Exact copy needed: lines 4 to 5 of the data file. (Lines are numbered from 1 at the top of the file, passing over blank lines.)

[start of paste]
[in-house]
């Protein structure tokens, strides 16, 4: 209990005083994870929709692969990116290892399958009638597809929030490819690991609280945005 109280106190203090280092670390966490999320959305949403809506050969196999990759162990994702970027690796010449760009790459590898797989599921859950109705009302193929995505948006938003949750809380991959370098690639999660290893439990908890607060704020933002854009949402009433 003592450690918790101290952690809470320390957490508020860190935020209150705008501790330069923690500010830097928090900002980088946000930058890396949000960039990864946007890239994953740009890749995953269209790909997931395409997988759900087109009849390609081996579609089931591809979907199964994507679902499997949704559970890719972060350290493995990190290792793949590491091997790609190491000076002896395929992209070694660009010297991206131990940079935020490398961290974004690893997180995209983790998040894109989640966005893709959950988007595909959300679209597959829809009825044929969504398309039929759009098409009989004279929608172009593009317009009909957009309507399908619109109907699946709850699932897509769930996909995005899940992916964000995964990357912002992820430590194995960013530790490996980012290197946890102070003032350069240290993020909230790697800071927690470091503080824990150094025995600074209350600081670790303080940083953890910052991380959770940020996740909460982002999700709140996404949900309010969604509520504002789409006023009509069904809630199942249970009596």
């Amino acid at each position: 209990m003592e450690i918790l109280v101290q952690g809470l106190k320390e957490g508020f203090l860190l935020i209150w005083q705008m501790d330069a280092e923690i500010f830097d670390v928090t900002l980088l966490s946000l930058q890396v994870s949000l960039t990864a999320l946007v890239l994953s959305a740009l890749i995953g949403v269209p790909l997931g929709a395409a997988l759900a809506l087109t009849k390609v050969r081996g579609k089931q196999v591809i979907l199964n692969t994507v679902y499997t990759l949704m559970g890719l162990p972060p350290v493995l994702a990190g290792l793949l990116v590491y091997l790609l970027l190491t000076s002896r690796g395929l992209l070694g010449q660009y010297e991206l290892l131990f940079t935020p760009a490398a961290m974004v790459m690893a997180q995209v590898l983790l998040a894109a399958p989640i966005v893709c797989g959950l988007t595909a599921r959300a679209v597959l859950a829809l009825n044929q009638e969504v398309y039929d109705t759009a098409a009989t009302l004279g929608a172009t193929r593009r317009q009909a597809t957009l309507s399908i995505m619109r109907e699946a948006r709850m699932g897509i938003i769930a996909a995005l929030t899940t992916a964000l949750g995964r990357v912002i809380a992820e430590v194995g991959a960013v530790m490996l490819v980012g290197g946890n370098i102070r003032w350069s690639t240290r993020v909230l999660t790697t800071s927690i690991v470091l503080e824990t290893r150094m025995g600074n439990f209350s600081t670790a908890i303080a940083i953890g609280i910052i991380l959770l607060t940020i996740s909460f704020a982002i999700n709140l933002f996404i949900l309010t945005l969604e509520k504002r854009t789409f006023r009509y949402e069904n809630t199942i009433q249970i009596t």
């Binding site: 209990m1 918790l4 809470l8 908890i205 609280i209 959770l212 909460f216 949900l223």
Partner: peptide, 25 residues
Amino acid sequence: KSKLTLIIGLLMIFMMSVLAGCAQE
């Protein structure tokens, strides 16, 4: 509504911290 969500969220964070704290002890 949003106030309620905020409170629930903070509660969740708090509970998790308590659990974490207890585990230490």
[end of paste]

């Binding site: 209990m1 918790l4 809470l8 908890i205 609280i209 959770l212 909460f216 949900l223």
Partner: peptide, 25 residues